There is increasing anecdotal evidence that simple occupational tests of aerobic fitness impose a systematic bias against heavier personnel when predicting fitness for load-carrying tasks. This study tested the hypothesis that simple field tests of aerobic fitness are not good predictors of load-carrying performance and that personnel with greater body mass are more able to perform occupationally relevant load-carrying tasks. Twelve healthy male volunteers ran on a level treadmill at 9.5 km/h for 4 min, with (T18) and without (T0) an external backpack load of 18 kg. During each exercise period, steady-state oxygen uptake (Vo(2)) was assessed. On a subsequent occasion (at least 7 days later), 11 of the subjects ran to exhaustion at 9.5 km/h whilst carrying the 18 kg external load (ETT18). There was a strong inverse linear relationship between relative Vo(2) and body mass (r = -0.87, P < 0.01) and between Vo(2) and lean body mass (r = -0.74, P < 0.01) during the T18 trials. Furthermore, there was a moderately strong relationship between exercise time (ETT18) and body mass (r = 0.69, P < 0.05) and between exercise time and lean body mass (r = 0.71, P < 0.05). There was no relationship between exercise tolerance time and Vo(2) (r = 0.12). The results show that fitness tests that determine aerobic power in units relative to body mass (e.g. timed distance run) incur a systematic bias against heavier personnel. Such tests are therefore inappropriate when predicting the ability of personnel to work in occupations that encompass load-carrying tasks.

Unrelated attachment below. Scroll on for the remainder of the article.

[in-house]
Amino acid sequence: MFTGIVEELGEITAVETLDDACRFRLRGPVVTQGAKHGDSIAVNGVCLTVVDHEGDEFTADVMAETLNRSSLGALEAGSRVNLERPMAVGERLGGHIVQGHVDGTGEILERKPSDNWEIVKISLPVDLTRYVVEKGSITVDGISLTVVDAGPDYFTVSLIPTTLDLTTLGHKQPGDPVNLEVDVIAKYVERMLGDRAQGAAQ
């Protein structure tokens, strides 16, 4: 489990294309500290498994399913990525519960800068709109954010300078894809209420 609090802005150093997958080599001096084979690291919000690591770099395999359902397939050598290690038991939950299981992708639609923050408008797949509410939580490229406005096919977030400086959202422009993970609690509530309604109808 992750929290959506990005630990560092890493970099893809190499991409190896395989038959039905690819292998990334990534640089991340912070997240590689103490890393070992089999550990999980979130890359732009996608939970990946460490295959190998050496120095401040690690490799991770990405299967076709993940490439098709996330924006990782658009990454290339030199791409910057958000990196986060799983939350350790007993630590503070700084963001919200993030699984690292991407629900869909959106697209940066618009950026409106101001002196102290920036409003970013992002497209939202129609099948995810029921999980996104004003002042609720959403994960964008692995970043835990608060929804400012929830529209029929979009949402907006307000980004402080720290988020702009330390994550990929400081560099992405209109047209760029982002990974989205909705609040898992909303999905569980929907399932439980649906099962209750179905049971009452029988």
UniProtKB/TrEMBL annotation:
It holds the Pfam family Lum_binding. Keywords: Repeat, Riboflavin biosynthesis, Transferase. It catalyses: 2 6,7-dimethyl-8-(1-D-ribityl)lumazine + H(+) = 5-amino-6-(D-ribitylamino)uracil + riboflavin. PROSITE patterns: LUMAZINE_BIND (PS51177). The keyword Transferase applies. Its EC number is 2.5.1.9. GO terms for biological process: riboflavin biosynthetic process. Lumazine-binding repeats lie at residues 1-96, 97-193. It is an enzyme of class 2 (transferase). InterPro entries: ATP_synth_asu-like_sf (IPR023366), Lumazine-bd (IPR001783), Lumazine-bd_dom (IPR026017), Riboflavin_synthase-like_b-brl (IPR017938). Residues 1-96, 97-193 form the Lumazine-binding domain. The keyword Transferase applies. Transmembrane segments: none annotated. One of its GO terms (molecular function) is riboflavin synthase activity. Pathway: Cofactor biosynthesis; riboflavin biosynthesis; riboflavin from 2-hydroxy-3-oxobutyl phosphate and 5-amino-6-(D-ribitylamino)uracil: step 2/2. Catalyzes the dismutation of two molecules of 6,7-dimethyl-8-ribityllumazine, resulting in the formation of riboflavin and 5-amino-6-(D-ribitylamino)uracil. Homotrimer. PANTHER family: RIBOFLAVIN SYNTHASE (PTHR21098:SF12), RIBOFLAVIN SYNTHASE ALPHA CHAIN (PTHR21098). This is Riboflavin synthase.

|Number of pages||5|
|Publication status||Published - 2001|